Privacy Commissioner wants power to police 'data brokers'

New Zealanders have little idea how their personal information - including on household income and ethnicity - is collected and sold, a government watchdog warns.

The Privacy Commissioner wants powers to monitor companies that collect and sell personal information.

"Data brokers" collect publicly available information and personal details gathered by other means, including surveys doubling as prize giveaways.

They may know details about you or your household, including ethnicity, property value, what foods you buy and how often you travel.

One of the world's largest data brokers, Acxiom, has a New Zealand operation in nondescript offices on Karangahape Rd in central Auckland.

Another information source is your postie - NZ Post's Genius segmentation tool enables household profiling by income and ethnicity.

Assistant Privacy Commissioner Blair Stewart said the Privacy Act was now enforced by way of complaint.

His office has backed a Law Commission recommendation that the law be changed so the Privacy Commissioner can serve compliance notices on companies.

"People don't tend to complain about certain practices, if the sort of practices go on in the background and they can't see what's happening."

That view was supported by Auckland University Business School's Gehan Gunasekara, a specialist in information privacy law, who said the law did not cover such practices.

It did not recognise, for example, that privacy could apply to groups, or that some information was more personal than other information.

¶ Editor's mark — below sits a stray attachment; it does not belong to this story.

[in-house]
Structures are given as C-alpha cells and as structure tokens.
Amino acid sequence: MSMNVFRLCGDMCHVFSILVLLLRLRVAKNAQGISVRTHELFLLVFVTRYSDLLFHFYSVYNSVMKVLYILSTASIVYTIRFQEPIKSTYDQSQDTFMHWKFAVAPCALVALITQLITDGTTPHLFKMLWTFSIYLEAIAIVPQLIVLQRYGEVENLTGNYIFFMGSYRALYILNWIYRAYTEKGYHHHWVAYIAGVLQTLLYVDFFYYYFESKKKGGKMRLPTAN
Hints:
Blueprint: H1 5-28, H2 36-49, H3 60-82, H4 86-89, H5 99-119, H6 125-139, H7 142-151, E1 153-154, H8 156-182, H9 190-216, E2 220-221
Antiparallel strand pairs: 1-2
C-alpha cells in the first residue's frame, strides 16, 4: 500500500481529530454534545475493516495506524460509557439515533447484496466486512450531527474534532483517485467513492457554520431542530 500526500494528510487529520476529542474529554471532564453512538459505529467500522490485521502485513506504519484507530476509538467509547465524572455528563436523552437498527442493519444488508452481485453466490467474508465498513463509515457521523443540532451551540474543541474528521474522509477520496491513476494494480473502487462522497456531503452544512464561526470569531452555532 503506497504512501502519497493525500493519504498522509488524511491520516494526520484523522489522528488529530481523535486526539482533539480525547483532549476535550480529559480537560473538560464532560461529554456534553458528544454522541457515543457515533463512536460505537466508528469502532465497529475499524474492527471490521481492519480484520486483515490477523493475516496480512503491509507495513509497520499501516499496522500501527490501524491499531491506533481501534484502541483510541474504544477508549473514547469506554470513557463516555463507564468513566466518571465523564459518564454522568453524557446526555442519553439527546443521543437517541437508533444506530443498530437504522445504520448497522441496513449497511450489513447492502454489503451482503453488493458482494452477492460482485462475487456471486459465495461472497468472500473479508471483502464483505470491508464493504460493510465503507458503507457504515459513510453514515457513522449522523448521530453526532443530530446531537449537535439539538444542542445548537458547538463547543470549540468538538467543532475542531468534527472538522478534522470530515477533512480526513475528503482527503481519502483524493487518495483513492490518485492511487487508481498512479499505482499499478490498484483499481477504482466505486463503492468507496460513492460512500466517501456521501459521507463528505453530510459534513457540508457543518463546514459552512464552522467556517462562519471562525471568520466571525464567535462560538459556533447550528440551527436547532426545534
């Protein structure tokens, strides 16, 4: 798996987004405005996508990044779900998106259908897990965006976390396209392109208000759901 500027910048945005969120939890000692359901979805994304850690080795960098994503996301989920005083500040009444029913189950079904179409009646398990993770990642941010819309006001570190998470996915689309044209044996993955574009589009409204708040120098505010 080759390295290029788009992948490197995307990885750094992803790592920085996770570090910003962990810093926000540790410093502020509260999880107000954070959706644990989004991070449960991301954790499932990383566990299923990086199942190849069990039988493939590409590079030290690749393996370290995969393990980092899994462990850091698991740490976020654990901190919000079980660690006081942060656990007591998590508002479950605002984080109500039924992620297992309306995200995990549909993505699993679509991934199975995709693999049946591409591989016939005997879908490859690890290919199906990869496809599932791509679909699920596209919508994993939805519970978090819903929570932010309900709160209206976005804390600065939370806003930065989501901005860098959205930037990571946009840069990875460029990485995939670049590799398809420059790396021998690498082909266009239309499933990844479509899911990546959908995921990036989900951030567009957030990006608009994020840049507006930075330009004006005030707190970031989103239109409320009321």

"New Zealanders are giving away far too much information about themselves, not really knowing what it's going to be used for," he said.

Several companies in New Zealand sell access to information on individuals or, more commonly, households.

NZ Post's Genius tool divides New Zealand addresses into clusters and segments described by more than 1000 data variables.

A sample map on NZ Post's website shows the Auckland suburb of Sandringham in the bright yellow of "Rice and Shine" homes, while Mt Roskill has more "Pacific Blend" light blue.

The Rice and Shine group has a "strong skew towards Asian ethnicity" and spends "above average on cars and smash repairs".

Genius is built from a variety of data sources, including NZ Post's own national surveys.

Another operator is Mosaic NZ, which uses data from the census, QV, Land Information New Zealand and surveys done by market research company Roy Morgan.

Most mid- to large-size companies, as well as charities such as the Fred Hollows Foundation, use data brokers.

Privacy Commissioner Marie Shroff raised concerns about NZ Post's first national survey, in 2009, saying people were confused about whether it was compulsory.

Nigel Paxton, head of the NZ Post division that includes Genius and direct marketing, said organisations had the legal right to target certain people.

"The key thing for any commercial organisation is that if it's operating within the law, then please don't confront them with moral issues," Mr Paxton said.

The Government is expected to respond to the Law Commission's recommendations next month. - The New Zealand Herald

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